- 2 pkg MORNINGSTAR FARMS Chipotle Black Bean Crumbles™
- 2 Tbs water
- 48 oz prepared marinara sauce (6 cups)
- 9 oz Oven-ready, no-boil lasagna noodles
- 32 oz part-skim ricotta cheese
- 2 oz fresh basil leaves, finely chopped, divided (about 1 cup)
- 5 oz grated Parmesan cheese, divided
- 2 large egg yolks
- ¾ tsp salt
- ¼ tsp ground black pepper
- 12 oz fresh mozzarella sliced thinly
- red pepper flakes (optional)
- Preheat the oven to 375 degrees F
- Prepare a 13x9" glass baking dish with non-stick spray
- "MEAT" MIXTURE
- In a large Dutch Oven (or similar pan, over medium heat, warm the oil. Once hot, add the garlic and onions and saute just until the onion turns translucent and not browned (about 3 minutes).
- Add the frozen MORNINGSTAR FARMS CHIPOTLE BLACK BEAN CRUMBLES and water. Stir gently until heated through (about 5 minutes).
- Stir in the prepared sauce and remove from heat. (Optional: add 1 tsp red pepper flakes for added heat.)
- CHEESE FILLING:
- In a large bowl, combine the ricotta cheese, basil (reserve 1 Tbls), parmesan (reserve 1 Tbls), egg yolks, salt, and pepper. (Optional: add 1 tsp red pepper flakes for added heat.)
- Spread ⅓ of the "meat" sauce in the bottom of the prepared pan.
- Top with 3 - 4 noodles placed side by side (don't overlap & break if necessary to fit the pan).
- Spread ⅓ of the ricotta cheese mixture on the noodles
- Top with ⅓ of the sliced mozzarella.
- Repeat for two more layers.
- Place the baking pan on a baking sheet with a rim to catch any spillover (line the pan with aluminum foil or a Silpat mat for quick cleanup).
- Make a cover for the lasagna by lightly spraying cooking spray on a piece of aluminum foil.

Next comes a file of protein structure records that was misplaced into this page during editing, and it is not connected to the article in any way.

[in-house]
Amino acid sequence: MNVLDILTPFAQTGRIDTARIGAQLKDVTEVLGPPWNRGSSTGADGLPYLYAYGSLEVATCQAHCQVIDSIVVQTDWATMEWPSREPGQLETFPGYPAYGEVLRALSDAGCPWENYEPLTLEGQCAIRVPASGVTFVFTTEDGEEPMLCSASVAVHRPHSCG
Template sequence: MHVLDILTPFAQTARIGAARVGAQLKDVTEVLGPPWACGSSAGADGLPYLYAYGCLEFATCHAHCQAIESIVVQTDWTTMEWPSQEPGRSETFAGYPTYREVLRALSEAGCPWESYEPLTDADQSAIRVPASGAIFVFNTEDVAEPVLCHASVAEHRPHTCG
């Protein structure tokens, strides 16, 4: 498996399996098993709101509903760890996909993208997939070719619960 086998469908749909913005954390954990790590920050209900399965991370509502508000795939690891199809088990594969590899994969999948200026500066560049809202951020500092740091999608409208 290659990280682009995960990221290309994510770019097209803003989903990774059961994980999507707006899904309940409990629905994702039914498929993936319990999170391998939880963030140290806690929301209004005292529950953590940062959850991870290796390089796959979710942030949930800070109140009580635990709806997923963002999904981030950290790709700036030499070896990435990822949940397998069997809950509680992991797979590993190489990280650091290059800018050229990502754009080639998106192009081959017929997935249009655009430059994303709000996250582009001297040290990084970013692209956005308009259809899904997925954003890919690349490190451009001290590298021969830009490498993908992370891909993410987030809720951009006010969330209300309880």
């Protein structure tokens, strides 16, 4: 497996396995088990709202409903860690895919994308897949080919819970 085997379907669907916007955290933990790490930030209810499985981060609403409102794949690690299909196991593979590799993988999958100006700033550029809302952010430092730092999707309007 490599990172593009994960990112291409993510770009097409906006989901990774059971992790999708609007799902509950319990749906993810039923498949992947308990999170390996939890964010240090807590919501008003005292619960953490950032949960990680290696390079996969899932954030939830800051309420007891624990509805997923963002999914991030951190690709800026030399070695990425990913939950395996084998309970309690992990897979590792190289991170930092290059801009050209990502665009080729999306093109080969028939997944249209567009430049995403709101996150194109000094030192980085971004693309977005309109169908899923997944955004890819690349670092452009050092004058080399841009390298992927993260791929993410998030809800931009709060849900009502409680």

- Cover the lasagna and bake for 60 minutes.
- Remove the foil and continue to bake for 20 minutes or until it's lightly browned and bubbly and the lasagna has raised evenly out of the pan.
- Remove the lasagna from the oven and sprinkle with reserved basil and parmesan cheese.
- Allow the lasagna to cool for at least 10 minutes before cutting and serving.
- Refrigerate any leftovers
The Way It Was – It’s Not Always The Best
Things change, and there are parts of our 1960’s holiday celebration I loved, but I appreciate how we’ve grown as a society. It’s now commonplace to inquire if someone has dietary needs. We recognize that people are individuals and it’s okay to make sure there’s something wonderful for everyone to enjoy at the table. This vegetarian is especially glad for that!
How have your holiday traditions changed over the years? Do you provide options for vegetarians and others with special diets?
Learn More About the MorningStar Farms products and how to incorporate them into your daily meals via their website. Plus, connect with them via social media on Facebook, Pinterest, Twitter, and Instagram.